Christmas dinner at the coffee shack in 1995 with Mom and the Nolands.  

I guess I get nostalgic for Christmases past.  Although I've been in Merida for over three years, I'm going to have to say it's not that easy for me to make friends.  There isn't the comradery that I felt in most other places I've lived.  But this is a big city and I think that makes a difference.  When I first moved to LA I found it difficult to find a circle of friends.  It took a while there too.  Unfortunately this place is unique in the way that the foreign population doesn't socialize much with the local population, so that creates limitations I'm not familiar with.  I haven't bonded well with the expat community here, it's a tough nut to crack because I don't fit their mold.  I've gotten used to it and look forward to Christmas being quiet time at home together, eating well, and letting the madness go on outside and all around us.  Peace to all.  

Thursday, December 23, 2010

Reflections of Christmas

Merry Christmas, Everyone. Feliz Navidad. Mele Kalikimaka.  I have many half written blogs but haven't had the brain to write.  The cat bite has set me back.   There are no words to describe the pain involved in a punctured achilles tendon. I'm learning that pain and brain power are very closely connected.  I have bouts of either the pain or the brain.  It sucks. 

My "agenda" in moving to Merida was personal rebirth.  I needed to overcome grief and sadness and reinvent myself.  I've had a difficult time reviving Christmas.  Our Christmases in Hawaii were special and unique.  First of all the cost of living there  is high, so the spirit of getting together and creating delicious meals together, enjoying each other's company, and in most cases not exchanging gifts other than a sweet tasting dessert was our norm.  We didn't live a typical American material life in Hawaii where Christmas was purely commercial and trendy and designed to impress.  The people there were more artsy and spiritual.  Besides, when you have to do all your Christmas shopping at WalMart or Costco your options are limited.  My forté wast to made ornaments, baskets, chile powders, etc.....I even hand made the tons of Christmas cards I sent out. I loved doing it.  Christmas made me happy.  We always had fun and friends around and often even family came out to the islands for a tropical holiday. We would go up to the top of Mt. Hualalai and pick out a Monterey pine tree at the Christmas tree farm. It was so much fun to don our hideous Christmas socks some aunties sent us the year before, put on our Santa caps, shorts, and hiking boots and head up the mountain a'carroling.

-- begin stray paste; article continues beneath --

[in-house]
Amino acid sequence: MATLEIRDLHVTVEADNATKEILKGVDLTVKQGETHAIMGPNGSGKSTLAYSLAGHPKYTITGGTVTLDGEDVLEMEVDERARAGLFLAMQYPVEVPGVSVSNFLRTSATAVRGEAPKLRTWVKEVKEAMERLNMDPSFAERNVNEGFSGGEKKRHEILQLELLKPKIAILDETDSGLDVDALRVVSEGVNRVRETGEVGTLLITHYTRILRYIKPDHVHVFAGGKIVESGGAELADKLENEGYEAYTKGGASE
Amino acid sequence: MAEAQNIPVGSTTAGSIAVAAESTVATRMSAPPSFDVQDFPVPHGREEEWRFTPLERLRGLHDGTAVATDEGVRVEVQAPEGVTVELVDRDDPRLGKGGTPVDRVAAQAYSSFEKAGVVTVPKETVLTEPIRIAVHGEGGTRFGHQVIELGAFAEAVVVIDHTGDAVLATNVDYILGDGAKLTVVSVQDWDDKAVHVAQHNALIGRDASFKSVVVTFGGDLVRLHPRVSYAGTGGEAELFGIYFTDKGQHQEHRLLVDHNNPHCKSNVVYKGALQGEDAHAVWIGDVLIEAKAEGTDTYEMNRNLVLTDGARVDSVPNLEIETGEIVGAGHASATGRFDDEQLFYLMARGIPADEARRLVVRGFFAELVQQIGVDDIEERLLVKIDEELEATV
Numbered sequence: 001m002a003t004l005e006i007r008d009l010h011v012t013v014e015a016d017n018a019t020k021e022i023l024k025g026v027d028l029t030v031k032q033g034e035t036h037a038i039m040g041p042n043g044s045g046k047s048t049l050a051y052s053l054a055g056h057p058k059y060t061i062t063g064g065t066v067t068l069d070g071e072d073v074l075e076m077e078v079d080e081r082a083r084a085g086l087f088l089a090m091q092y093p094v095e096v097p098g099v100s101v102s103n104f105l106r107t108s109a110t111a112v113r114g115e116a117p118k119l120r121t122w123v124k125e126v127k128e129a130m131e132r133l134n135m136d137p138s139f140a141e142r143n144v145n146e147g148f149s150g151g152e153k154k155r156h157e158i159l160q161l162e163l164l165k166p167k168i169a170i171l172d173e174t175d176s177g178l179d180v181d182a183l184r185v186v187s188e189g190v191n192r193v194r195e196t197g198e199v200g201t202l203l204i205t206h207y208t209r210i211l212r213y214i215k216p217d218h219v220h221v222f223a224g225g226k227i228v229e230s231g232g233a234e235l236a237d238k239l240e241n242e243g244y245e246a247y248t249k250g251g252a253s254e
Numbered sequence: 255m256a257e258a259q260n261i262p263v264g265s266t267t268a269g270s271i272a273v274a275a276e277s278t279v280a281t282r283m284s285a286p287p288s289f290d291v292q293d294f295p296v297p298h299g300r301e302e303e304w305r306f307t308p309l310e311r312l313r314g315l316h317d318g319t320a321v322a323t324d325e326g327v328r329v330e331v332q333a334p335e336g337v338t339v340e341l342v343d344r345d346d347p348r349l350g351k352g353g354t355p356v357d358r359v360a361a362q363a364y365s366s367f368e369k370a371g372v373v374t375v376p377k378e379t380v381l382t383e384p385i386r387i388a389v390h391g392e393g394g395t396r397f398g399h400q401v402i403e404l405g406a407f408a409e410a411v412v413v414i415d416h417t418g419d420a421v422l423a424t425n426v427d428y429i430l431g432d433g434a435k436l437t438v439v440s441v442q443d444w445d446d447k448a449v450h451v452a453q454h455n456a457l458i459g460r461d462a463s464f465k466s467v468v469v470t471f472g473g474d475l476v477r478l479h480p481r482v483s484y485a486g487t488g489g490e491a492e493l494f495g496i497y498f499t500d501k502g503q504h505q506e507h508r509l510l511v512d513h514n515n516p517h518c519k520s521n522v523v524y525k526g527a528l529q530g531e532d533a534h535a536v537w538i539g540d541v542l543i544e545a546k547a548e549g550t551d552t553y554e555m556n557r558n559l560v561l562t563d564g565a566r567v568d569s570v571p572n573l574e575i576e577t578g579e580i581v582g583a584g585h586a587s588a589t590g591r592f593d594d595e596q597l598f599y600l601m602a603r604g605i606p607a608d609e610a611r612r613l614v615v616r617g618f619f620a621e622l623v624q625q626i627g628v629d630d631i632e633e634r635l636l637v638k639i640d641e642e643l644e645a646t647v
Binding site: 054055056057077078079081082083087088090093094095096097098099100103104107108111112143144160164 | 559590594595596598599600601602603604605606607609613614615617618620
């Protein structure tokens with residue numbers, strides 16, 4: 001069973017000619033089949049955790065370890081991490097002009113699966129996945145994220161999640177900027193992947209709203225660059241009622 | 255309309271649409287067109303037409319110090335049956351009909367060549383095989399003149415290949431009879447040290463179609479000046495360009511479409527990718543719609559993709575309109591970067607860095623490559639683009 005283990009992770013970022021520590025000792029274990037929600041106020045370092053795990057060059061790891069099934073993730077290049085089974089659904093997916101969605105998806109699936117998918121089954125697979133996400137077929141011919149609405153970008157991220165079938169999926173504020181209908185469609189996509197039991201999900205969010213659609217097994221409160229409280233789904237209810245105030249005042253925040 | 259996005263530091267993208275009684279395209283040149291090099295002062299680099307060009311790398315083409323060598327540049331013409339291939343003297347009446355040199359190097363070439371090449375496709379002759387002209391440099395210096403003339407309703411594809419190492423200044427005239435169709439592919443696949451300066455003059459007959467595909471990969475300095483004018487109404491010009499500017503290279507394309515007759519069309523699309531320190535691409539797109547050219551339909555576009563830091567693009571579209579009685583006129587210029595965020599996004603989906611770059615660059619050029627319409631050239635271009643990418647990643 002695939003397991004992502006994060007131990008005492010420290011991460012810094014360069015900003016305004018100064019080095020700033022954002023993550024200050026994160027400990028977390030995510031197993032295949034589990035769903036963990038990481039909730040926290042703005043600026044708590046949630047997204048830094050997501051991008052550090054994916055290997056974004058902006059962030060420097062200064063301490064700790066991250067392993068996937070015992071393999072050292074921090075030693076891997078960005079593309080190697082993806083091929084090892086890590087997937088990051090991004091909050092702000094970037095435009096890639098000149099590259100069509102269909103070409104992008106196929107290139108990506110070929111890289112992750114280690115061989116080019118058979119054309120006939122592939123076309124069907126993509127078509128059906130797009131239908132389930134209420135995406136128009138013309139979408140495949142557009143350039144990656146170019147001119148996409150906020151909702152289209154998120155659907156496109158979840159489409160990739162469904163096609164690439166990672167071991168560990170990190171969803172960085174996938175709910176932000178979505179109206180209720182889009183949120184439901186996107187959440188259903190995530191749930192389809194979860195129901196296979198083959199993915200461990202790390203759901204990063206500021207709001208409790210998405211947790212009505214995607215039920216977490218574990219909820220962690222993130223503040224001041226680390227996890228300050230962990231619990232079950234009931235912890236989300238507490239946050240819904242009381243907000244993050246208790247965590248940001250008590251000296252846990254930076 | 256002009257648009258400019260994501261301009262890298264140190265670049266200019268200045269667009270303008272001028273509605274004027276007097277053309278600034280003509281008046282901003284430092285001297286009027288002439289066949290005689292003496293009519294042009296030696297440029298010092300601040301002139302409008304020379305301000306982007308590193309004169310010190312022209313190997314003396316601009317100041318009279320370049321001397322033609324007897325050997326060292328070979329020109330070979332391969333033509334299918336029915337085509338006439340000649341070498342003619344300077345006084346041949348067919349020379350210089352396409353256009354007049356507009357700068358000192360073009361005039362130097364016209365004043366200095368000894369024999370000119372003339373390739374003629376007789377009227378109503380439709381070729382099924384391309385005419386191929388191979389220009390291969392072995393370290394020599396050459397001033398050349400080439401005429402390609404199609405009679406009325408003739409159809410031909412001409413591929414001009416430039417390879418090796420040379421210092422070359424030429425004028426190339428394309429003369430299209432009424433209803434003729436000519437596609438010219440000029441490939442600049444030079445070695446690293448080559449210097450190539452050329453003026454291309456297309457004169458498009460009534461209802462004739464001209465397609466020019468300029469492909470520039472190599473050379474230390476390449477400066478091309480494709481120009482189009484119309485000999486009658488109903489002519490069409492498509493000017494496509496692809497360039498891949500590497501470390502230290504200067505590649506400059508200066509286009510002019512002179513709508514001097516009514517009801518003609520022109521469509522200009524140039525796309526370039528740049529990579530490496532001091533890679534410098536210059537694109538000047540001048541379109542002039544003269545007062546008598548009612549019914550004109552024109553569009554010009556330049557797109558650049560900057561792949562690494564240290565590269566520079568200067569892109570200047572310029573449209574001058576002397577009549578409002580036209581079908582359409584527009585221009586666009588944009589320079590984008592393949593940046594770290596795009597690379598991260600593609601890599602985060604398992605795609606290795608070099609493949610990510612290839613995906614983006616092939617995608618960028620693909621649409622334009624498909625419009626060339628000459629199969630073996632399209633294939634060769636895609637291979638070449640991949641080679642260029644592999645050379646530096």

I'm finally getting back into the spirit of the holiday.  We've had a decorated tree lighting the house for weeks and filling the air with the scent of pine, and the plan is to have a nice quiet time at home with the cats.  We received  little care packages and all have a few gifts to open, plenty of Christmas music to keep us in the mood, TV in the background with football, and plenty of turkey to overeat.
I dug out some old photos! Here I am meeting Santa the first time in 1953.

Mom and me in front of the aluminum tree.
I used to love Christmas.  As a kid in Toledo we had this tacky aluminum tree with the revolving blue, yellow, red and green lights behind it.  Mom and I would take the bus downtown to Christmas shop at the big department stores.  I loved to wrap, so that was always my job.  We always had presents to open, practical things like socks and sweaters, but fun things too.  I remember my brothers coming homr from college and going to midnight Mass together at St. Hedwig.  I think the service was in Polish and Latin.  I loved those Gregorian chants and trying to sing along with the Polish songs.  I never did take the church part too seriously.  I liked the singing and socializing. We could open our most of our gifts after church at 2am and have one egg nog.  In the morning we had a couple more presents to unwrap.  One year first thing in the morning my brothers had to play their new albums, I'm remembering the Righteous Brothers and Del Shannon at this moment, on my new record player.  Later we'd drive north to Monroe, Michigan, where we'd have a huge family dinner with my cousins Bill & Therese Noland and their gang of six.  Every Christmas day we'd wake up to the dirty snow of the city and spend the afternoon on the pure white snow covered river bank, a picture postcard of rural winter. 

A look down Lagrange Street toward St Hedwig Church taken in front of the house where we grew up.

Cousins' Noland house along the River Raisin.  The river is on the back side of the house. This shot was taken from the road. The house probably looks much like this photo today, decorated, snow covered.  It looks a lot like Christmas!

When I started reviewing photo albums of Christmases past, I remembered so many memorable Christmases that it cheered me up from the moment I started this post. I decided to publish this in installments.  I'd like to take this opportunity to ask everyone to reminisce on some of the great old family and friend Christmas gatherings you've had, in order to recreate some of the original intention of the spirit of the holidays.

Wednesday, December 15, 2010

I'm So Lame

When my friends read the above title, they will sigh, and ask themselves- probably out loud - "Will she ever get past these ridiculous insecurities?" But when my acquaintances read this, they'll chuckle and think "Tell me something I don't know!"  Well, friends, the good news is this is a different kind of I'M SO LAME.  To my acquaintances, you're wrong, I'm not a lame brain.